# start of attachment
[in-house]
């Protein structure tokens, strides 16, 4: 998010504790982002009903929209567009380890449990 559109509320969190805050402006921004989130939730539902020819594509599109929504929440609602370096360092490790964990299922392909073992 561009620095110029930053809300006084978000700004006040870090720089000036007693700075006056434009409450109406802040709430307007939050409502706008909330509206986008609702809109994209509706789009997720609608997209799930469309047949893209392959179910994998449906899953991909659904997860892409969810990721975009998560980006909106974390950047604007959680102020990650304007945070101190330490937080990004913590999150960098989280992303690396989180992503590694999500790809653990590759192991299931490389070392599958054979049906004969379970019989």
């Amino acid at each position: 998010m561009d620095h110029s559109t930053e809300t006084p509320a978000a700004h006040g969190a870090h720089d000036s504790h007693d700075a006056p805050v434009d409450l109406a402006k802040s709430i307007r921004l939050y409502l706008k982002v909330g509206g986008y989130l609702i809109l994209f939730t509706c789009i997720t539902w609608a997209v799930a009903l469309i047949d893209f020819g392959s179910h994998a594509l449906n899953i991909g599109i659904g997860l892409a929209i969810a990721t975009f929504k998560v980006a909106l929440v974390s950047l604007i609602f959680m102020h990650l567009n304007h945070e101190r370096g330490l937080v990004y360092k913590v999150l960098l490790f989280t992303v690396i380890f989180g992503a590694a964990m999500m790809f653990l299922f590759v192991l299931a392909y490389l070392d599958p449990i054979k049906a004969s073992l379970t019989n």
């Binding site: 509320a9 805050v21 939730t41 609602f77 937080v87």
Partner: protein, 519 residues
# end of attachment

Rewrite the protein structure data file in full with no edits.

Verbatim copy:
[in-house]
């Protein structure tokens, strides 16, 4: 998010504790982002009903929209567009380890449990 559109509320969190805050402006921004989130939730539902020819594509599109929504929440609602370096360092490790964990299922392909073992 561009620095110029930053809300006084978000700004006040870090720089000036007693700075006056434009409450109406802040709430307007939050409502706008909330509206986008609702809109994209509706789009997720609608997209799930469309047949893209392959179910994998449906899953991909659904997860892409969810990721975009998560980006909106974390950047604007959680102020990650304007945070101190330490937080990004913590999150960098989280992303690396989180992503590694999500790809653990590759192991299931490389070392599958054979049906004969379970019989």
């Amino acid at each position: 998010m561009d620095h110029s559109t930053e809300t006084p509320a978000a700004h006040g969190a870090h720089d000036s504790h007693d700075a006056p805050v434009d409450l109406a402006k802040s709430i307007r921004l939050y409502l706008k982002v909330g509206g986008y989130l609702i809109l994209f939730t509706c789009i997720t539902w609608a997209v799930a009903l469309i047949d893209f020819g392959s179910h994998a594509l449906n899953i991909g599109i659904g997860l892409a929209i969810a990721t975009f929504k998560v980006a909106l929440v974390s950047l604007i609602f959680m102020h990650l567009n304007h945070e101190r370096g330490l937080v990004y360092k913590v999150l960098l490790f989280t992303v690396i380890f989180g992503a590694a964990m999500m790809f653990l299922f590759v192991l299931a392909y490389l070392d599958p449990i054979k049906a004969s073992l379970t019989n």
């Binding site: 509320a9 805050v21 939730t41 609602f77 937080v87």
Partner: protein, 519 residues